Scientists have long wondered why some people could bounce back from a serious childhood event (say, physical abuse) and why others go on to develop depression later on in life.
Now Australian researchers think they have the answer: A gene called SERT, which is responsible for transporting the mood-regulating hormone serotonin in our brains. There are three types of SERT genes--long/long, short/long, or short/short--and everyone has one of these types.
Researchers studied 300 middle-aged people over five years, asking them to report their moods. Those people with the short/short SERT gene who'd suffered a traumatic event when they were kids had the greatest risk of becoming depressed. But people with the short/short gene who'd had ordinary childhoods were HAPPIER than others.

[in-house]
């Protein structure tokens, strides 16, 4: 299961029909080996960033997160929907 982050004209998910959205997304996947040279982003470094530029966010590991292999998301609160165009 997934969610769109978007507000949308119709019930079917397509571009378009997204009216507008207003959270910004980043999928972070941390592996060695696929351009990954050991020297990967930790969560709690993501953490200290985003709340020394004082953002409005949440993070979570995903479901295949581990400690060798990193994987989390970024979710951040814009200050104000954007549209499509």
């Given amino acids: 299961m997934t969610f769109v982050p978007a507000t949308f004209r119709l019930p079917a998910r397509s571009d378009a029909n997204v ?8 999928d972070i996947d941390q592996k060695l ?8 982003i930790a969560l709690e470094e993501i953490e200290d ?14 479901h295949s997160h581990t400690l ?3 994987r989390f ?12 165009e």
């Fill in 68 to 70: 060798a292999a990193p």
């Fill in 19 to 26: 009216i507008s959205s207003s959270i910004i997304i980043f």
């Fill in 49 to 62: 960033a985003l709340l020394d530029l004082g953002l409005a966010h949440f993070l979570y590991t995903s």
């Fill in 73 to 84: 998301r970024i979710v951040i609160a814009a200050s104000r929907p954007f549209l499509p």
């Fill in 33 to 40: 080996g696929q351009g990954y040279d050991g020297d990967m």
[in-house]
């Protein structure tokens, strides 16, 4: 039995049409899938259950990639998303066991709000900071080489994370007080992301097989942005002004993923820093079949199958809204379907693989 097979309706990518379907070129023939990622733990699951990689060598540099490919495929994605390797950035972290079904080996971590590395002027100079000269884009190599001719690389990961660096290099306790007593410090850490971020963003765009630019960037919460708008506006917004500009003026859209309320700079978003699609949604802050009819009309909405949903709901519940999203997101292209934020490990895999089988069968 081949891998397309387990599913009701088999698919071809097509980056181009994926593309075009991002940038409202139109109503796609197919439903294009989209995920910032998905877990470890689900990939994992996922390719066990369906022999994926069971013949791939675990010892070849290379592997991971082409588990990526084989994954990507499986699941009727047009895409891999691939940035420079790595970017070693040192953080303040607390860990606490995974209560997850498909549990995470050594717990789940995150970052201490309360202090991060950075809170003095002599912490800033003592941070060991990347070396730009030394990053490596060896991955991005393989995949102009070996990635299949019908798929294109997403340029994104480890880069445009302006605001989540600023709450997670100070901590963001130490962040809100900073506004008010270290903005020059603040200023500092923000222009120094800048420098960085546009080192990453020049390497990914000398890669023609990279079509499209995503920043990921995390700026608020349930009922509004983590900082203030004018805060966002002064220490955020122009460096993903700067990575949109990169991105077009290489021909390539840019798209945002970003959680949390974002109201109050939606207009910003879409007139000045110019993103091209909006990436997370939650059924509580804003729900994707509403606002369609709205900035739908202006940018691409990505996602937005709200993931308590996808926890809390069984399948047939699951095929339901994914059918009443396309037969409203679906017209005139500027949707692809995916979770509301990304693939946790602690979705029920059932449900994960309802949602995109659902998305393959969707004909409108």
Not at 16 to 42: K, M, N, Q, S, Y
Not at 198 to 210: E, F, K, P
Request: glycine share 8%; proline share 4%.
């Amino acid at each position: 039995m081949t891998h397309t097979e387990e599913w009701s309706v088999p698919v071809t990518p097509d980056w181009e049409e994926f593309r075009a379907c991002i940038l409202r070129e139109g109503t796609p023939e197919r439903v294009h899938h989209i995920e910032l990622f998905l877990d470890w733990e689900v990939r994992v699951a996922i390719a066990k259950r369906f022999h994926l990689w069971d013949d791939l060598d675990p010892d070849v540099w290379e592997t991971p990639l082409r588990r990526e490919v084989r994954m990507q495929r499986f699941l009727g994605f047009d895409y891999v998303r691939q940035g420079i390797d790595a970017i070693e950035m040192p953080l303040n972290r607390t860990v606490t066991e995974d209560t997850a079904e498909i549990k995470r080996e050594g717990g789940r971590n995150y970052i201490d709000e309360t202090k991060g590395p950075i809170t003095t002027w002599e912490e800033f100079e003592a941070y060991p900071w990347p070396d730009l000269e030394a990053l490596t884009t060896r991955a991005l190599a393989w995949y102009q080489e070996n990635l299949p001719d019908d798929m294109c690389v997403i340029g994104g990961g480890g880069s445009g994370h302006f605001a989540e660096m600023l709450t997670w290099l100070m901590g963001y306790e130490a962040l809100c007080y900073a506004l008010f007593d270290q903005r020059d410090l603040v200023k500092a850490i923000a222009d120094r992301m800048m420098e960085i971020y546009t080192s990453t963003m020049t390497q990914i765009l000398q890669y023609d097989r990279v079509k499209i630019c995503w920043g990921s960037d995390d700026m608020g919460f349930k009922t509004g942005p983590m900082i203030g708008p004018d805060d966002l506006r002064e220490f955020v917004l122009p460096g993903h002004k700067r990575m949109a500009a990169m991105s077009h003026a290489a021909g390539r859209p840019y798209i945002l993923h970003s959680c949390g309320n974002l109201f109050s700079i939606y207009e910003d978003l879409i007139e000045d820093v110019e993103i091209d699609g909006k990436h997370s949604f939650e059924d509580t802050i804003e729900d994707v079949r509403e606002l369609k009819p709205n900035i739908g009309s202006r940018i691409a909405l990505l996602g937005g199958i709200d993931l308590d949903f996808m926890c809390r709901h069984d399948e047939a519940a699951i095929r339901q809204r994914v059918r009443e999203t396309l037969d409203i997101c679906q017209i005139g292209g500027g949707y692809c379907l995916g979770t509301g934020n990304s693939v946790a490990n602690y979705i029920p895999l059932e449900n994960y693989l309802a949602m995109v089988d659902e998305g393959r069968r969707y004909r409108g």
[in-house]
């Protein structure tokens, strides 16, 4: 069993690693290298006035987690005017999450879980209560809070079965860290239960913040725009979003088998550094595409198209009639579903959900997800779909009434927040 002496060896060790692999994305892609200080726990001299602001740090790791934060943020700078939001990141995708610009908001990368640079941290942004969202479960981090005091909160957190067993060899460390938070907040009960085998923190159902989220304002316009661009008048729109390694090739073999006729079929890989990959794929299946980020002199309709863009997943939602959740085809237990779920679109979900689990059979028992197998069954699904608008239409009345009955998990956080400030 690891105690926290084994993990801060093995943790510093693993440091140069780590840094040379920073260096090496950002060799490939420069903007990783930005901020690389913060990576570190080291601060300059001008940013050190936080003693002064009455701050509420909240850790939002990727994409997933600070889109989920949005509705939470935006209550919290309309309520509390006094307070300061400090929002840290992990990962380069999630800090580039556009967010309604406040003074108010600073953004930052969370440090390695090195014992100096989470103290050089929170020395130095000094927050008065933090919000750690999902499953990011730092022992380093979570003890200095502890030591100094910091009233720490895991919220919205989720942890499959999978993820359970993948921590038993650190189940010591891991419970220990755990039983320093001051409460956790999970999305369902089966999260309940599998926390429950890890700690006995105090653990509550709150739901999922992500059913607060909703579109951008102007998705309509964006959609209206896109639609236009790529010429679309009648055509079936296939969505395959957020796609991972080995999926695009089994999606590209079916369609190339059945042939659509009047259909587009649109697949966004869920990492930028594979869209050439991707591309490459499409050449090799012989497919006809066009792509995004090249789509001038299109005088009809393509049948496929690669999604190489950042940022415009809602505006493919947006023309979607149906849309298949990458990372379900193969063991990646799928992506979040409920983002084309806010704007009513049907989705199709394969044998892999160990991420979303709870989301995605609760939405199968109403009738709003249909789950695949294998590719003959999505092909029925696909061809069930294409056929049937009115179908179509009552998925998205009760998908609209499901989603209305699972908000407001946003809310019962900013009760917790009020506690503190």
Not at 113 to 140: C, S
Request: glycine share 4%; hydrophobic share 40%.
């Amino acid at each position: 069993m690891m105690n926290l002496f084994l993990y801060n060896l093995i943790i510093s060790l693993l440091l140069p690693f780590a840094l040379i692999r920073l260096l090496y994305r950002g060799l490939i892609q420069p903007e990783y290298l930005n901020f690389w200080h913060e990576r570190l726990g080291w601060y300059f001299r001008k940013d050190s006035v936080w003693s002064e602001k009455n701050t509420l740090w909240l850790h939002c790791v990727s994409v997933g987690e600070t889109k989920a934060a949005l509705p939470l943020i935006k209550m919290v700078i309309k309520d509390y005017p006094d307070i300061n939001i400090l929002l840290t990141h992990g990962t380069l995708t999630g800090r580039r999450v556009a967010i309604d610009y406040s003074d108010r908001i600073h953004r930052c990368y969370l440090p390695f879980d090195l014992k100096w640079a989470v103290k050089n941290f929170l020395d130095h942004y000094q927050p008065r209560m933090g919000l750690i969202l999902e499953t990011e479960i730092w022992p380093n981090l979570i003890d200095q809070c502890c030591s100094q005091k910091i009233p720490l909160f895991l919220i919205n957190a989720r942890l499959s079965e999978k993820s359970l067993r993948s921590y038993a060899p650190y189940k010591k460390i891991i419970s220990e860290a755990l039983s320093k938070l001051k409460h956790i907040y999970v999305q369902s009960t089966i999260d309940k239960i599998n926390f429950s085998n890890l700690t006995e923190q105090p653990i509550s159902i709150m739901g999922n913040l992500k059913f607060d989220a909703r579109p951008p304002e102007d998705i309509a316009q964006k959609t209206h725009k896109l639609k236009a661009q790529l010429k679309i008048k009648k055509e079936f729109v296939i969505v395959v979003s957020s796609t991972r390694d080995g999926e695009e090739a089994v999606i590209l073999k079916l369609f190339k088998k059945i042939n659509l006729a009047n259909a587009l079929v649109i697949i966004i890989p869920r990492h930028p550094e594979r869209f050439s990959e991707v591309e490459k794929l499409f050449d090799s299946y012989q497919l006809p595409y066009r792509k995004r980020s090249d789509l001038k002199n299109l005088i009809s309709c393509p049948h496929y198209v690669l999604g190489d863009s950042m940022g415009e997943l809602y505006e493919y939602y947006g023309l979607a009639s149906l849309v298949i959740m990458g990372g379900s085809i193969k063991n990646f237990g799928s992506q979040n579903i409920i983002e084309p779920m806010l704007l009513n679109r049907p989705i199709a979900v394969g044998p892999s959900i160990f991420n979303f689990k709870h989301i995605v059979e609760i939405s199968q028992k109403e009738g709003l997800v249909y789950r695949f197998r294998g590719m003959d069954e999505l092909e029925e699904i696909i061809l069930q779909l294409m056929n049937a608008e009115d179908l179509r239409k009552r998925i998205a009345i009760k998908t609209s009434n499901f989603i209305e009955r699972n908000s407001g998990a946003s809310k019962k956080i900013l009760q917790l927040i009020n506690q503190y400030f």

The conclusion: "Some people have a genetic makeup that makes them more susceptible to negative environments, but if put in a supportive environment these same people are likely to thrive," said Dr. Chad Bousman, of the University of Melbourne.
So the next time someone accuses you of being a drama queen, don't get mad. Smile, and say it's just your nature.